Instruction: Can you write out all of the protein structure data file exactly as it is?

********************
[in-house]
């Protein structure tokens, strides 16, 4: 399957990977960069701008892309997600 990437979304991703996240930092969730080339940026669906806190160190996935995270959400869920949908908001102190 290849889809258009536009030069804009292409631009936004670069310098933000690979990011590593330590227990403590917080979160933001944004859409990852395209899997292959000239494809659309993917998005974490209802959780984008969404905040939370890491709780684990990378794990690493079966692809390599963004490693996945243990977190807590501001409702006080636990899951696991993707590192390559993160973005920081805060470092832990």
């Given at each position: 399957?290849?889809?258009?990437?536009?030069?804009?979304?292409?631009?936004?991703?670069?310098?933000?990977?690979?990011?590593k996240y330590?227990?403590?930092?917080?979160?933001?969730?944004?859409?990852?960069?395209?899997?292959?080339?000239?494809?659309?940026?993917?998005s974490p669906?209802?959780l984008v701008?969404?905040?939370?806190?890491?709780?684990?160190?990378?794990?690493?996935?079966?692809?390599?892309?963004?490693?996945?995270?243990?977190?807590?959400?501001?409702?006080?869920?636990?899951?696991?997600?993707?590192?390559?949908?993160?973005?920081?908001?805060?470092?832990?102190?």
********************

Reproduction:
[in-house]
């Protein structure tokens, strides 16, 4: 399957990977960069701008892309997600 990437979304991703996240930092969730080339940026669906806190160190996935995270959400869920949908908001102190 290849889809258009536009030069804009292409631009936004670069310098933000690979990011590593330590227990403590917080979160933001944004859409990852395209899997292959000239494809659309993917998005974490209802959780984008969404905040939370890491709780684990990378794990690493079966692809390599963004490693996945243990977190807590501001409702006080636990899951696991993707590192390559993160973005920081805060470092832990």
């Given at each position: 399957?290849?889809?258009?990437?536009?030069?804009?979304?292409?631009?936004?991703?670069?310098?933000?990977?690979?990011?590593k996240y330590?227990?403590?930092?917080?979160?933001?969730?944004?859409?990852?960069?395209?899997?292959?080339?000239?494809?659309?940026?993917?998005s974490p669906?209802?959780l984008v701008?969404?905040?939370?806190?890491?709780?684990?160190?990378?794990?690493?996935?079966?692809?390599?892309?963004?490693?996945?995270?243990?977190?807590?959400?501001?409702?006080?869920?636990?899951?696991?997600?993707?590192?390559?949908?993160?973005?920081?908001?805060?470092?832990?102190?």